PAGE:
Jefferson City still a cesspool

Remember when legislators acted like they were serious about ethics reform earlier this year? Sadly, our skeptism about real reform being enacted was accurate.

Yesterday exemplified this, with a lunch sponsored by a long list of special interest groups. Virginia Young for the Post-Dispatch reports:

Hungry legislators, staffers, lobbyists and onlookers converged outside Sen. Kiki Curls’ office at noon Tuesday to help themselves to platefuls of ribs, chicken and sausage served up by the famed Gates Bar-B-Q.

 

Lobbyists paid for the feed, which drew a line that wrapped around the Senate side of the Capitol. Curls, whose Kansas City district includes Gates’ headquarters, hosted the event, as her Senate predecessors did each spring before her.

 

The meal is among the most popular ones during the 4½-month Missouri legislative session, but it is far from unusual.

 

For lawmakers, a typical day in the Capitol might start with bagels in the Rotunda, include a picnic or fish fry on the lawn at noon, continue with a cupcake from a state university at midday and conclude with a buffet reception at a local hotel, hosted by credit unions or soybean farmers or any of a number of other groups with a stake in legislation.

 

Missouri imposes no limits on lobbyist-provided meals or gifts. And that appears unlikely to change when the legislative session ends at 6 p.m. Friday.

 

An ethics bill has languished in a House-Senate conference committee since early April. The sticking point: whether to impose a $25 cap on individual meals, tickets and trips that legislators receive from lobbyists.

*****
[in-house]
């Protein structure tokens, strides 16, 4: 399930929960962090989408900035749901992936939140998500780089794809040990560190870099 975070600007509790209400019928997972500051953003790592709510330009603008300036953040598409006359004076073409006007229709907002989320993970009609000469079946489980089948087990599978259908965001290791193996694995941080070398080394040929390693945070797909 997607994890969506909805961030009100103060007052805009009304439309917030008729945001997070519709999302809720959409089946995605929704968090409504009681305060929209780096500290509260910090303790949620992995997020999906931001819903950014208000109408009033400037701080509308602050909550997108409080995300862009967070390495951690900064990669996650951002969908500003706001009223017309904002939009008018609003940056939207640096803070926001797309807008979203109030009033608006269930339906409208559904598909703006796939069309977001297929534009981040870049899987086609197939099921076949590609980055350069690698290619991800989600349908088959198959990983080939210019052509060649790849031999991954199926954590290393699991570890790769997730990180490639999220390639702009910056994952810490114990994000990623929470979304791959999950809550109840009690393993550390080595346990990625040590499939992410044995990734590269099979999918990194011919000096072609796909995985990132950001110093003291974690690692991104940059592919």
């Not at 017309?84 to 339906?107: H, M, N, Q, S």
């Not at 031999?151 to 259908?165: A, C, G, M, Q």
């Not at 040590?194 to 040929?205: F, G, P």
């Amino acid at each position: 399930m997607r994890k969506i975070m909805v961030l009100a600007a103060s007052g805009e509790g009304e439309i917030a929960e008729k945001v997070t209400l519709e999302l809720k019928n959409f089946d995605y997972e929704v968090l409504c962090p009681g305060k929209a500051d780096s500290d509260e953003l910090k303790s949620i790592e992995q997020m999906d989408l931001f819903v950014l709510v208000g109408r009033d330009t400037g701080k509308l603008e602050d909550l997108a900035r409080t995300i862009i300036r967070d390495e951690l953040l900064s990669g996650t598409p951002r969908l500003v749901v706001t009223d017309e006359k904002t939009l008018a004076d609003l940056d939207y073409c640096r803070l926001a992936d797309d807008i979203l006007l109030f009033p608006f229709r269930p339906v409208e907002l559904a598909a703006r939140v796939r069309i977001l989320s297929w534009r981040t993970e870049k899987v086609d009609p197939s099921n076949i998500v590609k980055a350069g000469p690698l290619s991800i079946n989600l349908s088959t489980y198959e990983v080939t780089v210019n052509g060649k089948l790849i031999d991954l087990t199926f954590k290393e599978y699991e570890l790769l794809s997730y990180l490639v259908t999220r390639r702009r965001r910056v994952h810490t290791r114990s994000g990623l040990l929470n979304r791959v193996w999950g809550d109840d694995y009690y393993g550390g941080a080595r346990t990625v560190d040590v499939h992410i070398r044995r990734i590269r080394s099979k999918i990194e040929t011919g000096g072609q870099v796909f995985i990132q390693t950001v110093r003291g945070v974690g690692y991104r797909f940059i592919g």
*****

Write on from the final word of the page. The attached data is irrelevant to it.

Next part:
Sponsor of the bill, Sen. Ron Richard (R-Joplin) fears a $25 cap could be circumvented and believes lobbyists should be prevented from assigning expenditures to committees instead of individual legislators.

Sen. Scott Sifton, D-south St. Louis County, wants to ban lobbyist-provided gifts altogether.

 

Sifton let the Post-Dispatch collect all the invitations he received this year. Since January, the senator has been asked to attend at least 135 free meals, ballgames and other entertainment events.

 

The offers came from pilots, dentists, firefighters, pawnbrokers, motorcyclists, water districts, private colleges, community colleges, biotechnology companies, pharmacists, labor unions, interior designers, insurance agents, accountants, veterans, sheltered workshops, podiatrists, retired teachers, trial attorneys, marriage and family therapists and the Missouri Press Association, among others.

 

He turned them all down.

 

“Taxpayers are already reimbursing us for meals,” Sifton said, referring to the $103.20 daily expense allowance that legislators receive to cover lodging and meals in the Capitol. “I think it’s wrong for legislators to pocket that money rather than use it for its intended purpose.”

 

Gifts he rejected included a tin of cinnamon rolls, luxury suites at Blues games, “one of the hottest craft beers” (Bur Oak), which was offered at an Ameren Missouri reception, and barbecue from Pappy’s Smokehouse, courtesy of the St. Louis Regional Chamber.

 

There was a Senate crab boil thrown by lobbyist Ginger Steinmetz, a “cooking with beer” demonstration by Missouri Beer Wholesalers, wine-tastings in senators’ offices and a corned beef and cabbage lunch hosted by Express Scripts on St. Patrick’s Day.

 

Whether a sandwich buys a vote isn’t the question, said Sen. Rob Schaaf, R-St. Joseph.

 

“You will at least feel some goodwill toward the guy after he pays your way,” said Schaaf, who advocates a wide-ranging ethics proposal. “The rule is, ‘You dance with the one who brung you.’”

Sen. Paul LeVota (D-Independence) also said limiting gifts would be "a half-step forward."

“We have a huge problem with ethics,” LeVota said. “The people of Missouri wonder why we’re allowed to have unlimited lobbyists’ gifts, why we’re allowed to have unlimited campaign contributions.”

With three days left in this session, it seems unlikely that even this small baby step ethics reform proposal will be finalized by its conference committee.

So here we are again, another session and no real ethics reforms to speak of. And Jefferson City remains a cesspool.

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